noun Archaic.

a knavish person; rascal.
  1. an attendant or servant.
  2. a page who serves a knight.

Origin of varlet

1425–75; late Middle English < Middle French; variant of valet Unabridged Based on the Random House Unabridged Dictionary, © Random House, Inc. 2019

Related Words for varlet

helper, servant, vassal, knave, blackguard, page, footman

Examples from the Web for varlet

Historical Examples of varlet

  • I trust not the varlet with whom I bartered it for my motley.

    The Armourer's Prentices

    Charlotte M. Yonge

  • The fourth varlet did not wait for me, but closed on me with his knife.

    Sir Ludar

    Talbot Baines Reed

  • At one time he took service with a minstrel and was his varlet.

  • "Then give the varlet food and raiment and set him on his way," said Sir Hugh.

    The Canterbury Puzzles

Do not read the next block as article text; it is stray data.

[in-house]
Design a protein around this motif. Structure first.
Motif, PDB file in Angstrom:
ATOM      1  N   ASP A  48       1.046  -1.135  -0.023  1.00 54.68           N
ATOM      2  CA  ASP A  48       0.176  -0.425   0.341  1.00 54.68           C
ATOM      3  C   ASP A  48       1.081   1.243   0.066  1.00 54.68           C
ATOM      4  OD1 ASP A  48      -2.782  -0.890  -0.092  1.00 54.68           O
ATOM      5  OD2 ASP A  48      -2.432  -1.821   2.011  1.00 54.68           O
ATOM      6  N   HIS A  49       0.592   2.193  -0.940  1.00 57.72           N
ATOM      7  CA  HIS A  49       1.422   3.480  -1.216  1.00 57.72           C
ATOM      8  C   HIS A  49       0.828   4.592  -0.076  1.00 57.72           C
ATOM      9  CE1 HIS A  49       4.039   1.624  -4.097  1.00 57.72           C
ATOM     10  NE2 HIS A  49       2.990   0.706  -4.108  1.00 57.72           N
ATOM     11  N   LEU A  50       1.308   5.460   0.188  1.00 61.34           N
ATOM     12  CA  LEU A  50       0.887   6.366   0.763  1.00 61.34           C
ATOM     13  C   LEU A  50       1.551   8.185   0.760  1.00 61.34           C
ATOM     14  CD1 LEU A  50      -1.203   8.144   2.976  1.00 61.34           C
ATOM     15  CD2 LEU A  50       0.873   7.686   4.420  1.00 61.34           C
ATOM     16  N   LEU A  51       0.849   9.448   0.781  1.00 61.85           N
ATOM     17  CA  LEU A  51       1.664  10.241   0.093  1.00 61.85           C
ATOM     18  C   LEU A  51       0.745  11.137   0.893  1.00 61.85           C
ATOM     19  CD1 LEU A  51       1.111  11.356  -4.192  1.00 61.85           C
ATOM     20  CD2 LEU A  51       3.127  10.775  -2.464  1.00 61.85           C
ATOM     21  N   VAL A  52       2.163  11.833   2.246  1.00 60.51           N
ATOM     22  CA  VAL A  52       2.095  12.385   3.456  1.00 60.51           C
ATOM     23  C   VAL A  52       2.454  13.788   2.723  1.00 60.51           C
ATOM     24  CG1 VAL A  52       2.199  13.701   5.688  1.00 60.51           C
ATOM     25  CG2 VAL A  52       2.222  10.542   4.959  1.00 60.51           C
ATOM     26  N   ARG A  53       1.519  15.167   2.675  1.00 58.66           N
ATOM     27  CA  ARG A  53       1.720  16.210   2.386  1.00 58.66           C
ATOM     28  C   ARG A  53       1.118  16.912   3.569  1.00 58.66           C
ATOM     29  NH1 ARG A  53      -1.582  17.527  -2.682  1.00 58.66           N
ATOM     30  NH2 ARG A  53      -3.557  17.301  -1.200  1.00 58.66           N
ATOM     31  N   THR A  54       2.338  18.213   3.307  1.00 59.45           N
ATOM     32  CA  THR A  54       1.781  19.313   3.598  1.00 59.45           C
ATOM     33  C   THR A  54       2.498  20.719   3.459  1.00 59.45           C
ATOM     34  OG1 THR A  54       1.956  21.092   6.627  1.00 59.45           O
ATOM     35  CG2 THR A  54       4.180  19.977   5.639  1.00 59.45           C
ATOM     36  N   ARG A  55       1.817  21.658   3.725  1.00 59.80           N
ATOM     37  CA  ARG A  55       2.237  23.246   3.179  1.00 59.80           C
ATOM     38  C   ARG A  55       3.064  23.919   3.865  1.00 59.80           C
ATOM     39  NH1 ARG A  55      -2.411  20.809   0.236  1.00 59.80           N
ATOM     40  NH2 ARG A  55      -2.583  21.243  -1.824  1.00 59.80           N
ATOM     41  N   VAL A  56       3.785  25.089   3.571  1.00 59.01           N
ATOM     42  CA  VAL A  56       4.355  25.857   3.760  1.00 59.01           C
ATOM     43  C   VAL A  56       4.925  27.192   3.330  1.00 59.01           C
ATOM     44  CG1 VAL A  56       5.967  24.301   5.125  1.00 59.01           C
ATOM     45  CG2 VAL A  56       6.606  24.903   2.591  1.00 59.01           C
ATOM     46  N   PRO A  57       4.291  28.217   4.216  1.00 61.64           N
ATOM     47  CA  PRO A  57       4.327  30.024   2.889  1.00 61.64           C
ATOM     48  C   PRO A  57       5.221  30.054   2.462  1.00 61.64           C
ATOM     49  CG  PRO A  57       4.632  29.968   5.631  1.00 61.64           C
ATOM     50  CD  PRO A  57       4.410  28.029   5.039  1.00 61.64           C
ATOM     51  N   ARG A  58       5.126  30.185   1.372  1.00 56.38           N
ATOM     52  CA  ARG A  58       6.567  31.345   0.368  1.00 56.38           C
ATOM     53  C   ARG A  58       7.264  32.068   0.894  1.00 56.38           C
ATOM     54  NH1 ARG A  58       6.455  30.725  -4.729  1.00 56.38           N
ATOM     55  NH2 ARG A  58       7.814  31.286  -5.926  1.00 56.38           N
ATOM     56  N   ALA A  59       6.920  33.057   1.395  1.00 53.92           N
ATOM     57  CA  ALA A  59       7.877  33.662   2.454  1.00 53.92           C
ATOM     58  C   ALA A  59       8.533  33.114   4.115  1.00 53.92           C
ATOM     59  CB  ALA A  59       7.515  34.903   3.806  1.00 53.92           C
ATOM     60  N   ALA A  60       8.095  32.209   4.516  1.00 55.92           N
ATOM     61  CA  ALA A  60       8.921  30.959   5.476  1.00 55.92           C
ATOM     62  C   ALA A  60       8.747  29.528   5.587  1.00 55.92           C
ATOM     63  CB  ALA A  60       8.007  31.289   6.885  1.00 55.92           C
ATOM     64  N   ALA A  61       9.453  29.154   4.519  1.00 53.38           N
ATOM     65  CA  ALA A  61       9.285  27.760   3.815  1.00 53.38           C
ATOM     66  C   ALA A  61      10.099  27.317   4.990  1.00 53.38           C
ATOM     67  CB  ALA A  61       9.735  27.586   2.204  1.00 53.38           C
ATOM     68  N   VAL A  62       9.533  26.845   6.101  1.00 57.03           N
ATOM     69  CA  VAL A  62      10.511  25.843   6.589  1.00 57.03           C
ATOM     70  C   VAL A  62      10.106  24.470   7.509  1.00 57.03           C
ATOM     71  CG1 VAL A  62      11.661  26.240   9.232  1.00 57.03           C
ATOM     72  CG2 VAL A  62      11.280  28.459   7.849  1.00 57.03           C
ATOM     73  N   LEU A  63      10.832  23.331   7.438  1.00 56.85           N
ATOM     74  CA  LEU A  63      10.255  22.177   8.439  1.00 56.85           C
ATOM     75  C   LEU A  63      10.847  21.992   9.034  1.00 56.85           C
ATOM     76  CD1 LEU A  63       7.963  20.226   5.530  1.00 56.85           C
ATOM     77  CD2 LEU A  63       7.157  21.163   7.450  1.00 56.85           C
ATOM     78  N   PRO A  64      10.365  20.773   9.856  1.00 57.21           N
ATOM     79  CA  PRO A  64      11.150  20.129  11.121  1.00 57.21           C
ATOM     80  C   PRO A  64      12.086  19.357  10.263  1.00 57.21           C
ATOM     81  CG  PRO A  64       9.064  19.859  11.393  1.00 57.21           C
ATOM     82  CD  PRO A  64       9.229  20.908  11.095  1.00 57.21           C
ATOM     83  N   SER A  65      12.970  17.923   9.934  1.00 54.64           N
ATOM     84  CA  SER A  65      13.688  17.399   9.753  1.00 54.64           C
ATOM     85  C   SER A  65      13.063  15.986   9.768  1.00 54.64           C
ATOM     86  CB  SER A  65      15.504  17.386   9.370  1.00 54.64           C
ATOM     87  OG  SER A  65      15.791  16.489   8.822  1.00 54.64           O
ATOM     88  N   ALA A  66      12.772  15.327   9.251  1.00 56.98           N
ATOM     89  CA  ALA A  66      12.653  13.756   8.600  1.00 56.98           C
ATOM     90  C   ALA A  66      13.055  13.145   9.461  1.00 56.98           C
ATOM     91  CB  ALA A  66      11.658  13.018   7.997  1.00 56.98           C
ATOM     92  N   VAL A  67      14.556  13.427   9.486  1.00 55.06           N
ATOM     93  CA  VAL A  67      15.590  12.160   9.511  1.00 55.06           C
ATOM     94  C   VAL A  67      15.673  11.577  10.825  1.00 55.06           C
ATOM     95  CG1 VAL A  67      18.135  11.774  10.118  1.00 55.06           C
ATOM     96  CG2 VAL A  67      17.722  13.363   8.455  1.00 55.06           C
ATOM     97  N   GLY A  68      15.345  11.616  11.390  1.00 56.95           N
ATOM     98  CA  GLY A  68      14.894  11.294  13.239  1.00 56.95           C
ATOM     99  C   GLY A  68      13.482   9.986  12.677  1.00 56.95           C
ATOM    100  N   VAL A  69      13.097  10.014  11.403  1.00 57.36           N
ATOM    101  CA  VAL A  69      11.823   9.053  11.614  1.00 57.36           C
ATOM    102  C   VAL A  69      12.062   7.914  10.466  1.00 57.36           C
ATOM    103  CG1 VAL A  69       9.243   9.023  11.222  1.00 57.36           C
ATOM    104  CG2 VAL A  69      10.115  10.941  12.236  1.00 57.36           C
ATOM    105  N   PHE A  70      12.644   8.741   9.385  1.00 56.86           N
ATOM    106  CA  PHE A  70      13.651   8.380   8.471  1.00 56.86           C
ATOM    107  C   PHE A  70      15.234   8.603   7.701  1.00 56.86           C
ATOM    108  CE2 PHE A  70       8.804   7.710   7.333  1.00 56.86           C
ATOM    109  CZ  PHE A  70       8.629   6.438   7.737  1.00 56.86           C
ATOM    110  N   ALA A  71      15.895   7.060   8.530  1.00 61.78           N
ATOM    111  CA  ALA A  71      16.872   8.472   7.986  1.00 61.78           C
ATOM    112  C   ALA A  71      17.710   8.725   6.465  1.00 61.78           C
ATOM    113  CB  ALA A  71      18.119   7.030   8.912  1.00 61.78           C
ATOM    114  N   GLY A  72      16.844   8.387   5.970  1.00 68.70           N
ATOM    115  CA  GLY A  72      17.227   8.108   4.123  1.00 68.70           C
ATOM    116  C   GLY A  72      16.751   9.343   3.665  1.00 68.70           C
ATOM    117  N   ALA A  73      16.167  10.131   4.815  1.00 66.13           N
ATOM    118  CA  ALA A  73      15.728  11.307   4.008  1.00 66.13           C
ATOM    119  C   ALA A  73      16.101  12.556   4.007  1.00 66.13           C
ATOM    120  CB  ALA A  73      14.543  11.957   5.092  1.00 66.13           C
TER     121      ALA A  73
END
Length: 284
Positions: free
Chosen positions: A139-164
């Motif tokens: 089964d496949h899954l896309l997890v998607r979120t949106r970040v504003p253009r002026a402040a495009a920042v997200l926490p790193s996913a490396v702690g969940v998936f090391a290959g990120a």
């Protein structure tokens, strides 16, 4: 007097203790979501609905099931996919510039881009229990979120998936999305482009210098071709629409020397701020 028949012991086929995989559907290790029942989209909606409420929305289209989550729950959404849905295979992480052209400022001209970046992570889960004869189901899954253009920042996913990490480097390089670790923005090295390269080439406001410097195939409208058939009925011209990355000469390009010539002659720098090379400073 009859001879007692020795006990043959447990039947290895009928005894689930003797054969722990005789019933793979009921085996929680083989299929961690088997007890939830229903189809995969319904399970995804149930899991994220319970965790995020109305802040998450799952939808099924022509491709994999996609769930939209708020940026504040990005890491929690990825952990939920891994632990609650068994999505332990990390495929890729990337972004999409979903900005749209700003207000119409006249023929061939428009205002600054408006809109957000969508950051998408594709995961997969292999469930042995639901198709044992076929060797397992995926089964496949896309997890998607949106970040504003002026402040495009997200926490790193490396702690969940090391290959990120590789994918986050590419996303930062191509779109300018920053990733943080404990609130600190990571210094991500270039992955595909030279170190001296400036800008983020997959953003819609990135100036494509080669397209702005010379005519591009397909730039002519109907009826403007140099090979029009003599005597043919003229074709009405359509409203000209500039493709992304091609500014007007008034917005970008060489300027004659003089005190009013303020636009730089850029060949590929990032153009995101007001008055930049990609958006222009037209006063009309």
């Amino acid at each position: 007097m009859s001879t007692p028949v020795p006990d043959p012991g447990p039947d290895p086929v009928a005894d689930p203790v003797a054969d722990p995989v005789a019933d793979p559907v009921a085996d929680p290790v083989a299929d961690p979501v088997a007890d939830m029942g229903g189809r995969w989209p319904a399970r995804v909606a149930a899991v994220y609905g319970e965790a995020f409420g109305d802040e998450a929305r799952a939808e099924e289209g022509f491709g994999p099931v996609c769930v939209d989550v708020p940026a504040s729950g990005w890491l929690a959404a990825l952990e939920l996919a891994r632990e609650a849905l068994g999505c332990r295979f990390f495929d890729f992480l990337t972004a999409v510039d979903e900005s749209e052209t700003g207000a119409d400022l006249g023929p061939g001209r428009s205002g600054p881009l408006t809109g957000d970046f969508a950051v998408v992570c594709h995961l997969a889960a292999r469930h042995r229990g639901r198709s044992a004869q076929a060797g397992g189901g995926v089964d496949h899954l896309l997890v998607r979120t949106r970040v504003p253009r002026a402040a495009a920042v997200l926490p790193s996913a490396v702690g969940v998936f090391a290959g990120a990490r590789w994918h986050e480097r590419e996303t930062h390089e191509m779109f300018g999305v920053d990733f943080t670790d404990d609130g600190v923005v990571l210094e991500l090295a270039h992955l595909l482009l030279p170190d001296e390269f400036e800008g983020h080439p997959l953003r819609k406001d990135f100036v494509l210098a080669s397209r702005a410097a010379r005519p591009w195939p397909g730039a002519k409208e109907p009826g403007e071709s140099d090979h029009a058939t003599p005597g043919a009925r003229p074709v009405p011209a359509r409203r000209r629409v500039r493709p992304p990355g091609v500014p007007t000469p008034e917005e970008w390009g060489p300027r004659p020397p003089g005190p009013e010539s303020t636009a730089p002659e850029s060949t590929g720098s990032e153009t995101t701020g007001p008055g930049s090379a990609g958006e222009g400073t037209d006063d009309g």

Henry Ernest Dudeney

  • But, Rebecca, I've a mind to see what observance these people will give the varlet.

    The Panchronicon

    Harold Steele Mackaye

British Dictionary definitions for varlet


noun archaic

a menial servant
a knight's page
a rascal

Word Origin for varlet

C15: from Old French, variant of vallet valet
Collins English Dictionary - Complete & Unabridged 2012 Digital Edition © William Collins Sons & Co. Ltd. 1979, 1986 © HarperCollins Publishers 1998, 2000, 2003, 2005, 2006, 2007, 2009, 2012

Word Origin and History for varlet

mid-15c., "servant, attendant of a knight," from Middle French varlet (14c.), variant of vaslet, originally "squire, young man," from Old French vassal (see vassal). The meaning "rascal, rogue" is 1540s.

Online Etymology Dictionary, © 2010 Douglas Harper